All history shows that the dropping of thousands of bombs and missiles, with whatever supposed standards of ‘pin point accuracy’, never elicits the enthusiastic support of civilians on the receiving end, even if a certificate of humanitarian assistance and merciful intent is stamped on every projectile. Recent pro-government rallies in Tripoli have been vast. Libya has a population of about 6 million, with 4 million in Tripoli. Gaddafi barrels around the city in an open jeep. Large amounts of AK-47s have been distributed to civilian defence committees. Were they all compelled to demonstrate by Gaddafi’s enforcers? It seems unlikely.

This last week the Western press excitedly relayed the news that a handful of prisoners were denouncing Gaddafi. Well, if you were a prisoner with rebel guns pointed at your head, would you proclaim your fidelity to the prime target of their fury, or murmur that you had been dragooned into unwilling service? Isn’t this an item from journalism 101. Are they ‘black mercenaries’ or Libyans from the south who happen to be black and members of Gaddafi’s militias?

Another pointer to NATO’s misjudgements has been the heavy-handed dismissal of charges from African, Russian and even leaders of NATO countries such as Germany that the mandates of two UN Security Council resolutions passed in February and then March 17 – protection of civilian populations – were being brazenly distorted in favour of efforts to kill Gaddafi and install the ramshackle ‘provisional government’ in Benghazi – a shady bunch from the get-go.

In early March, Sarkozy, languishing in the polls, believed the counsel of ‘new philosopher’ Bernard-Henri Lévy, after the latter’s 6 March excursion to Benghazi, that Libya and its oil were up for grabs. On 11 March Sarkozy took the precipitate step of recognising the Benghazi gang as the legitimate government of Libya and awaited Gaddafi’s collapse with a confident heart.

In a hilarious inside account of the NATO debacle, Vincent Jauvert of Le Nouvel Observateur has recently disclosed that French intelligence services assured Sarkozy and Foreign Minister Alain Juppé ‘from the first [air] strike, thousands of soldiers would defect from Gaddafi’. They also predicted that the rebels would move quickly to Sirte, the hometown of Gaddafi and force him to flee the country. This was triumphantly and erroneously trumpeted by the NATO powers, which even proclaimed that he had flown to Venezuela. By all means opt for the ‘big lie’ as a propaganda ploy, but not if it is inevitably going to be discredited 24 hours later.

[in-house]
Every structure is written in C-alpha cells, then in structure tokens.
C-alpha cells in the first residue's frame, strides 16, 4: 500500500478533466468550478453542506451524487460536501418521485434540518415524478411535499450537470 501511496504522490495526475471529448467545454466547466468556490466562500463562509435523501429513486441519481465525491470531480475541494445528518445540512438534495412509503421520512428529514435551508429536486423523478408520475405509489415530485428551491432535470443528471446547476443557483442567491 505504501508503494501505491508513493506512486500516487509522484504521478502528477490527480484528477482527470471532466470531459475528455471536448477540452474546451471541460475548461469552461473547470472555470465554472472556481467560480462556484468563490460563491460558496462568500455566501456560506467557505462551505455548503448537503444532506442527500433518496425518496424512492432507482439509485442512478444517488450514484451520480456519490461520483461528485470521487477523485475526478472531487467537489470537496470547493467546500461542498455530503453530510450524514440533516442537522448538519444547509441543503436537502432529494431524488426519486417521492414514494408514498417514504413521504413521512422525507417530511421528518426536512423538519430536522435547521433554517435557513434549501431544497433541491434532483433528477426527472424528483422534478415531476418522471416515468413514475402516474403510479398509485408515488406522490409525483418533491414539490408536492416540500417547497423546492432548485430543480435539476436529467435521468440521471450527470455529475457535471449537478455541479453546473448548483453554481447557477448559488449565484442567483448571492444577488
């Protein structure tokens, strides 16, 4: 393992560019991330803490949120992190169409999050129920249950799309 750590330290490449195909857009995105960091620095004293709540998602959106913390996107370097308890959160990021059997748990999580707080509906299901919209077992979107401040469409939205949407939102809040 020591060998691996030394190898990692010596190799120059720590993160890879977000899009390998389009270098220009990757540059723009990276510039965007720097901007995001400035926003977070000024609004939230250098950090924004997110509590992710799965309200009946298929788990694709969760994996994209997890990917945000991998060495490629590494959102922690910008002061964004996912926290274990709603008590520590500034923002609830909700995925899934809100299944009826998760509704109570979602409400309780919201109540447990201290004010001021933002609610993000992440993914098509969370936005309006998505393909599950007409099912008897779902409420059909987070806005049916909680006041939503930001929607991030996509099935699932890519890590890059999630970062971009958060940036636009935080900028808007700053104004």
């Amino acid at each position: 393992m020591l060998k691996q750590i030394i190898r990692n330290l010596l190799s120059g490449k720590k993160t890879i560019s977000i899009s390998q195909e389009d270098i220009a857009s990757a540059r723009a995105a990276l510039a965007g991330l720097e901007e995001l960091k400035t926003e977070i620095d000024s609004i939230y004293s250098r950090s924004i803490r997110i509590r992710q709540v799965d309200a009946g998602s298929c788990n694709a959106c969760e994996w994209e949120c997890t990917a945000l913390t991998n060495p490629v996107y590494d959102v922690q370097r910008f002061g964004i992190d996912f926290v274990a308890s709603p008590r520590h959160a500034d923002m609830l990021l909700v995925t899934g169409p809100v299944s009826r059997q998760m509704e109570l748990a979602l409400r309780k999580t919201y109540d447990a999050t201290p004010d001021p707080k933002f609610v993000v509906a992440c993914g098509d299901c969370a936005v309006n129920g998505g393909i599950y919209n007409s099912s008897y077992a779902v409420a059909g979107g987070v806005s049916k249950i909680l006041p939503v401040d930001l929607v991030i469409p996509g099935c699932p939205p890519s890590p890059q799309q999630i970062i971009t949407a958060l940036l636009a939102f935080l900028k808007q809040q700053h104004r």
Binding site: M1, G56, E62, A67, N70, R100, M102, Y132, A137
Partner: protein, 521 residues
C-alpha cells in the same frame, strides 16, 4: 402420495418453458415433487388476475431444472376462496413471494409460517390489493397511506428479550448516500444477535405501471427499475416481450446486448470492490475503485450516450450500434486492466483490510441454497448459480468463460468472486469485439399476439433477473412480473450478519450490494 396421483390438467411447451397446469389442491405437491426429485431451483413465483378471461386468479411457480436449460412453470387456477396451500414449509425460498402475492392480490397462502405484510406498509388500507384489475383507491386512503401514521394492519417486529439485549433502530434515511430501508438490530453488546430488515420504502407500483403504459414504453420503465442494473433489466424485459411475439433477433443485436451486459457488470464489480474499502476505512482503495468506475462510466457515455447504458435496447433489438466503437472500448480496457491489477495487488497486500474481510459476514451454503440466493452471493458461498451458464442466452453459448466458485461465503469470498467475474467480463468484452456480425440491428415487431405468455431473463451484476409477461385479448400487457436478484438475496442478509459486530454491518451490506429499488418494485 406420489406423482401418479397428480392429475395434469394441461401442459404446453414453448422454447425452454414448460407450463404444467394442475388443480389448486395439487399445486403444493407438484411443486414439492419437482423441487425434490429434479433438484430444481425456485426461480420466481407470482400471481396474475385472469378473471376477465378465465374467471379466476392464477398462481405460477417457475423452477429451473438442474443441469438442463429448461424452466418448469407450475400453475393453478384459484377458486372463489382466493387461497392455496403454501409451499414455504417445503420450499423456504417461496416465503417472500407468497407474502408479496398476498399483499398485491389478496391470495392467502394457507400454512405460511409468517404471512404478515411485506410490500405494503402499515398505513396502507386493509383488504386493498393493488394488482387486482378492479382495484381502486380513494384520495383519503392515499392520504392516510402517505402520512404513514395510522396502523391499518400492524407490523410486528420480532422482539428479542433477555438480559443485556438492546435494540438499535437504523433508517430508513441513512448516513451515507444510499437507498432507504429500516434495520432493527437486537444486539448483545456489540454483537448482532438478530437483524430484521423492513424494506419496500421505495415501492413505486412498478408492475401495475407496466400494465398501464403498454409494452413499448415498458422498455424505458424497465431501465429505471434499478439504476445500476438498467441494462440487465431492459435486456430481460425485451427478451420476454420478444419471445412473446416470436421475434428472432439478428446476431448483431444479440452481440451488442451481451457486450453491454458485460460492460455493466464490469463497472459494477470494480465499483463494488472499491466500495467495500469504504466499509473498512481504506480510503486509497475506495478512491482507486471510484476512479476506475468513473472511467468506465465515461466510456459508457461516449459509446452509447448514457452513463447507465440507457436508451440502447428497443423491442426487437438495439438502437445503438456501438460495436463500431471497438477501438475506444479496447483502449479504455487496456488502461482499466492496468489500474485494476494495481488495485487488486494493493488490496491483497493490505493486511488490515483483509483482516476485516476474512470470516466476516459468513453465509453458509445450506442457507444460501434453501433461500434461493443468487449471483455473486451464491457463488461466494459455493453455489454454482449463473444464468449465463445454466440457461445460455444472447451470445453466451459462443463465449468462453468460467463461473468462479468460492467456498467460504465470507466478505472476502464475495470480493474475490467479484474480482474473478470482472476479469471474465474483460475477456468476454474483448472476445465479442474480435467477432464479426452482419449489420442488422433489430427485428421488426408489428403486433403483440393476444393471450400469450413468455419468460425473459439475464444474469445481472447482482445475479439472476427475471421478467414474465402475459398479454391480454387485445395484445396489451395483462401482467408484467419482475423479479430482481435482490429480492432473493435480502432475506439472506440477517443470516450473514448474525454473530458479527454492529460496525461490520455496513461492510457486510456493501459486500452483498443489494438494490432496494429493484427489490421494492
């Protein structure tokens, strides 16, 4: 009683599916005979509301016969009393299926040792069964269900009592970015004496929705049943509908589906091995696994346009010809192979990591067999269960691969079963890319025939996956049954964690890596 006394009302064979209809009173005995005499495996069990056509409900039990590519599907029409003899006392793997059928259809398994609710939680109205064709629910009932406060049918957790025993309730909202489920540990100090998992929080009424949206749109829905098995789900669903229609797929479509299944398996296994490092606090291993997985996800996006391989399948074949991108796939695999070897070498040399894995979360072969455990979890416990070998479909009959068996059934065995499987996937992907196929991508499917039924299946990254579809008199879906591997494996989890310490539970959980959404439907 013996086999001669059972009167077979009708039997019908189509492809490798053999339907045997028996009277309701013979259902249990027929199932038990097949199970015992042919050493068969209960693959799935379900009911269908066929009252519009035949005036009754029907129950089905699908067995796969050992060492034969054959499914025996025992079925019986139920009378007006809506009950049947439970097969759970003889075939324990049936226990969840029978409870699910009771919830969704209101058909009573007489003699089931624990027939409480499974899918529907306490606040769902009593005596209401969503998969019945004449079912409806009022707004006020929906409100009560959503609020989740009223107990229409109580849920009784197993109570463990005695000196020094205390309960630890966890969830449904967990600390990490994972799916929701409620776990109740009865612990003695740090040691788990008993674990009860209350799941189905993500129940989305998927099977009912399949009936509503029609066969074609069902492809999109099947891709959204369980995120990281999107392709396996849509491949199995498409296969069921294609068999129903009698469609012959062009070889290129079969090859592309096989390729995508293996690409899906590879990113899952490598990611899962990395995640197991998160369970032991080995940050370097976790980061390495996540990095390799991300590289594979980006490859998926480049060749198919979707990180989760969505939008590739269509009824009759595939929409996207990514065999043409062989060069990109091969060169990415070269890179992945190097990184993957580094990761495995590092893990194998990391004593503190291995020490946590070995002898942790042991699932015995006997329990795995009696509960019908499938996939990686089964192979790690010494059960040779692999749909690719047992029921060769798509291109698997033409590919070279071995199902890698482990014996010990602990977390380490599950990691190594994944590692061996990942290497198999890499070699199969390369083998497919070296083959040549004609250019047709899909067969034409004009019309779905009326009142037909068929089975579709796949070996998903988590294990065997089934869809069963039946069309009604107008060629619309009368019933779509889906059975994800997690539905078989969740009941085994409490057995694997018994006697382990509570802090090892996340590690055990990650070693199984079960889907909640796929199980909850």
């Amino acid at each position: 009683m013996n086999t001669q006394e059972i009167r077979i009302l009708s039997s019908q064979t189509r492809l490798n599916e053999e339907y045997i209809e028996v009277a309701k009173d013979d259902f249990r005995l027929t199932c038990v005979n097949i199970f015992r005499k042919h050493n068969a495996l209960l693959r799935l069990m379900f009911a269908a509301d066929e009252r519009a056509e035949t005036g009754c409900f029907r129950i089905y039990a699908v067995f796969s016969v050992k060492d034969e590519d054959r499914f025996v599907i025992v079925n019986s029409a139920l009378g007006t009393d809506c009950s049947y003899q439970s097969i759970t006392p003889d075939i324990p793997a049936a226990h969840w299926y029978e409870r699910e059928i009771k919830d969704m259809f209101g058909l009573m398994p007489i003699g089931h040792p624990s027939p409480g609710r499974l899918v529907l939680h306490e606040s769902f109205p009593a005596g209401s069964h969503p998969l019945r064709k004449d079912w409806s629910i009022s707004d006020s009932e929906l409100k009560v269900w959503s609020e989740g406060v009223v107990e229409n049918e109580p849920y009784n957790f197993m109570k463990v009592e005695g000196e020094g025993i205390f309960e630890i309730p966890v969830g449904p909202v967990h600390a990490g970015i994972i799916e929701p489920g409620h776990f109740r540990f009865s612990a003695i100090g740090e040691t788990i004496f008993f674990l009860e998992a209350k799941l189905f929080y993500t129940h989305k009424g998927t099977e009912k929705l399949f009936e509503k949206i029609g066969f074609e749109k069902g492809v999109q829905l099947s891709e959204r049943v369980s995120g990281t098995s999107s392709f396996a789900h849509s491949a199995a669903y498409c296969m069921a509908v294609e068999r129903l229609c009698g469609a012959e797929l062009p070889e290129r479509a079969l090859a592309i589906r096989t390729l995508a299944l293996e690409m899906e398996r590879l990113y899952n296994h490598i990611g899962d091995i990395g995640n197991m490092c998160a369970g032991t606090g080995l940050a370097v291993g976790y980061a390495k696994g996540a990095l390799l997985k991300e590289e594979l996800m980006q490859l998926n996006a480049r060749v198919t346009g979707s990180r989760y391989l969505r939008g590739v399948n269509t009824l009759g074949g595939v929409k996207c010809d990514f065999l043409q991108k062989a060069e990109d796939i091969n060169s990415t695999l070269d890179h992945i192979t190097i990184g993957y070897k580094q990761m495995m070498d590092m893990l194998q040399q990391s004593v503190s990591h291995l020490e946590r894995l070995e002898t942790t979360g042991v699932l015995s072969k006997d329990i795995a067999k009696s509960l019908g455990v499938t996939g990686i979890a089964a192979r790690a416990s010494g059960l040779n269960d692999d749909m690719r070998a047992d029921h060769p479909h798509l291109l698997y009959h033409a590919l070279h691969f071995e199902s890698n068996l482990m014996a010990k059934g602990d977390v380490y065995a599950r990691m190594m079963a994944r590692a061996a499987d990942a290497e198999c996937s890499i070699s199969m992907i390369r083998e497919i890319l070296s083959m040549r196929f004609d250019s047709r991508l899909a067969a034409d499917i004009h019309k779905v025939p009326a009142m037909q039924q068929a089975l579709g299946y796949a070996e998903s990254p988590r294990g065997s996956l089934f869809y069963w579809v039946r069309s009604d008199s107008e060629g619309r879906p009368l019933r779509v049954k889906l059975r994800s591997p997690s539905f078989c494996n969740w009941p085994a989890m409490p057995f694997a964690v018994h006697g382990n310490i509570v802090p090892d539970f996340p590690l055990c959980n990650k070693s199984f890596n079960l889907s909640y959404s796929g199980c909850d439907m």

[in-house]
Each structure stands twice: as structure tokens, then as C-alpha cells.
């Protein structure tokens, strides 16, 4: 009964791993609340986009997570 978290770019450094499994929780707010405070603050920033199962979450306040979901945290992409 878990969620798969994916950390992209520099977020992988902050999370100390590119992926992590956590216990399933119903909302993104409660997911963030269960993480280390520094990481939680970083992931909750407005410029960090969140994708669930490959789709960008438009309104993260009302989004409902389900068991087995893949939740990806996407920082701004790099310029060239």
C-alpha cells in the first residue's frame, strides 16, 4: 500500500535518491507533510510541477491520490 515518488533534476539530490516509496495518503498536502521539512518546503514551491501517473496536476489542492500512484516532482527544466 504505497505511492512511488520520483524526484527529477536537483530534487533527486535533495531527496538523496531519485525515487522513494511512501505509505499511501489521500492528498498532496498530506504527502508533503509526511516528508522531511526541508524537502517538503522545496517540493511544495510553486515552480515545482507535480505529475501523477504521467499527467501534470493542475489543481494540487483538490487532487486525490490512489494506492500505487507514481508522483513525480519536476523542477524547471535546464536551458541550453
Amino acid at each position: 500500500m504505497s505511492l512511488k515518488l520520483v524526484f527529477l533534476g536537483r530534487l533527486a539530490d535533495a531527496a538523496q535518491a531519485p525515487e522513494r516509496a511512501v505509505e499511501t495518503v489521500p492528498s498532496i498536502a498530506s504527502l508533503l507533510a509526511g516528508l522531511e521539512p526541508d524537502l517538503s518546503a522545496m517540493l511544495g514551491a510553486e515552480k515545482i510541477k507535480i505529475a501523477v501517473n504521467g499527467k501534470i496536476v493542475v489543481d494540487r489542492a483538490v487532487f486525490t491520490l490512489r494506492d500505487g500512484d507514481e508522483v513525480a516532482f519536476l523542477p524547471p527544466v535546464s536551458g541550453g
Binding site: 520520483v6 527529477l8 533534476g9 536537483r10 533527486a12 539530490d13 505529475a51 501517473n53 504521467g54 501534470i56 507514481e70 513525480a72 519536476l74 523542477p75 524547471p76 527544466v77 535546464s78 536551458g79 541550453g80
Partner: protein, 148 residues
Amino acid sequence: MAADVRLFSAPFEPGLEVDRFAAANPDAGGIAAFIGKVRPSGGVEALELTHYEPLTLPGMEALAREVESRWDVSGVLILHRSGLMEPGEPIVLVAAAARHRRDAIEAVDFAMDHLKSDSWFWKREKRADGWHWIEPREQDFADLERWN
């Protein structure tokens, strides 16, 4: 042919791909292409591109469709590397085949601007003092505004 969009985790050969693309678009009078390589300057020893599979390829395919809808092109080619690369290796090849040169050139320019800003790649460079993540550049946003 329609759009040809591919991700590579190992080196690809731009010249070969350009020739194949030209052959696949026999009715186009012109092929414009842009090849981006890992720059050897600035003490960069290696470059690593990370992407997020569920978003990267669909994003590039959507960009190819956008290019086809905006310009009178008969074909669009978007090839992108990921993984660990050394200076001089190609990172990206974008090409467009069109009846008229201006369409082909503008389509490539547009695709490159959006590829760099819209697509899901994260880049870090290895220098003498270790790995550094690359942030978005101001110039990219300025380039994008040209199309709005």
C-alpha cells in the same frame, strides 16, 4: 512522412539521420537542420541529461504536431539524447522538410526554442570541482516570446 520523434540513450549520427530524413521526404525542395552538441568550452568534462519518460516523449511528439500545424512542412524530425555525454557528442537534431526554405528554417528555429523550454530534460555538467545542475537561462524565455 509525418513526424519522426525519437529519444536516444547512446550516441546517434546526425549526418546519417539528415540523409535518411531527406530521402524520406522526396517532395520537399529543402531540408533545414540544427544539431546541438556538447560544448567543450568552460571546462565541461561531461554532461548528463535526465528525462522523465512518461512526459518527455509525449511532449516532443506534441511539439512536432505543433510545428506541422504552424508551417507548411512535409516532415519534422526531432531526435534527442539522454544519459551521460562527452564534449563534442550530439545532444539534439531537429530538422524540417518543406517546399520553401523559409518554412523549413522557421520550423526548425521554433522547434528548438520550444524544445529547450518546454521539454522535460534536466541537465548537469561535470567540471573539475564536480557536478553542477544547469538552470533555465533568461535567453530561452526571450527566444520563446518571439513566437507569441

‘We underestimated al-Gaddafi,’ one French officer told Jauvert. ‘He was preparing for forty-one years for an invasion. We did not imagine he would adapt as quickly. No one expects, for example, to transport its troops and missile batteries, Gaddafi will go out and buy hundreds of Toyota pick-up in Niger and Mali. It is a stroke of genius: the trucks are identical to those used by the rebels. NATO is paralysed. It delays its strikes. Before bombing the vehicles, drivers need to be sure they are whose forces are Gaddafi’s. “We asked the rebels to a particular signal on the roof of their pick-up truck,” said a soldier, “but we were never sure. They are so disorganised…?”’

When collapse did not arrive on schedule the French government breezily confirmed earlier this month it was shipping and air-dropping arms supplies to Libyan rebel groups. We can safely assume Britain has its own clandestine operations in train, though the capture of the SAS/MI6 unit by Libyan farmers was not an inspiring augury.

The NATO coalition is now falling apart, though disclosure of this development has been muted to non-existent in the US press. French Defence Minister Gérard Longuet gave an interview at the end of last week to a French TV station saying that military action against Libya has failed, and it is time for diplomacy: ‘We must now sit around a table. We will stop bombing as soon as the Libyans start talking to one another and the military on both sides go back to their bases.’ Longuet suggested that Gaddafi might be able to remain in Libya, “in another room of the palace, with another title”.’

If Longuet’s startling remarks were for local consumption on the eve of an assembly vote, it clearly came as a shock to Cameron and Secretary of State Clinton. To heighten the impression of a civil war in NATO Cameron and Clinton rushed out statements asserting the ongoing goal of regime change, and that Gaddafi’s departure was a sine qua non, as demanded by the Benghazi gang.

But Berlusconi, his country the objective of tens of thousands of refugees from the fighting and from economic dislocation in Libya, is now saying he was against the whole NATO adventure from the start. He may decline to renew in the fall current basing agreements in Italy for the NATO intervening powers. Germany has always been unenthusiastic. Initially, France and Britain nourished hopes of close military liaison, but that soon collapsed for all the usual reasons – inertia, suspicion and simple incompetence.